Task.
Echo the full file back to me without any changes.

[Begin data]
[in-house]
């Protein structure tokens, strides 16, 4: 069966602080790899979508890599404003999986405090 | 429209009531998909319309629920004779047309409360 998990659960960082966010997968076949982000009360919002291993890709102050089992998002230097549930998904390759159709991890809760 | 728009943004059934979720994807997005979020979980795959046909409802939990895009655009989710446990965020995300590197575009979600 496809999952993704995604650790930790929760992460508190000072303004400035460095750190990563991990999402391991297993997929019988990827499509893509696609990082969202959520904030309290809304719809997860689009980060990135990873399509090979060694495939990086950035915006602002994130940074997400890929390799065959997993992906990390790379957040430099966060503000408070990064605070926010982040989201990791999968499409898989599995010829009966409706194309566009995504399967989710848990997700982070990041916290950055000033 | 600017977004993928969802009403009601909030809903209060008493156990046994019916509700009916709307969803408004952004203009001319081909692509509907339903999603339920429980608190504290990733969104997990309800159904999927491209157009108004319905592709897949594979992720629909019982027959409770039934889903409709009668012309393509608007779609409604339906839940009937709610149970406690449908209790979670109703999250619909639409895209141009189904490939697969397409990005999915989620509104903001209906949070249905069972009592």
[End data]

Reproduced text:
[in-house]
């Protein structure tokens, strides 16, 4: 069966602080790899979508890599404003999986405090 | 429209009531998909319309629920004779047309409360 998990659960960082966010997968076949982000009360919002291993890709102050089992998002230097549930998904390759159709991890809760 | 728009943004059934979720994807997005979020979980795959046909409802939990895009655009989710446990965020995300590197575009979600 496809999952993704995604650790930790929760992460508190000072303004400035460095750190990563991990999402391991297993997929019988990827499509893509696609990082969202959520904030309290809304719809997860689009980060990135990873399509090979060694495939990086950035915006602002994130940074997400890929390799065959997993992906990390790379957040430099966060503000408070990064605070926010982040989201990791999968499409898989599995010829009966409706194309566009995504399967989710848990997700982070990041916290950055000033 | 600017977004993928969802009403009601909030809903209060008493156990046994019916509700009916709307969803408004952004203009001319081909692509509907339903999603339920429980608190504290990733969104997990309800159904999927491209157009108004319905592709897949594979992720629909019982027959409770039934889903409709009668012309393509608007779609409604339906839940009937709610149970406690449908209790979670109703999250619909639409895209141009189904490939697969397409990005999915989620509104903001209906949070249905069972009592």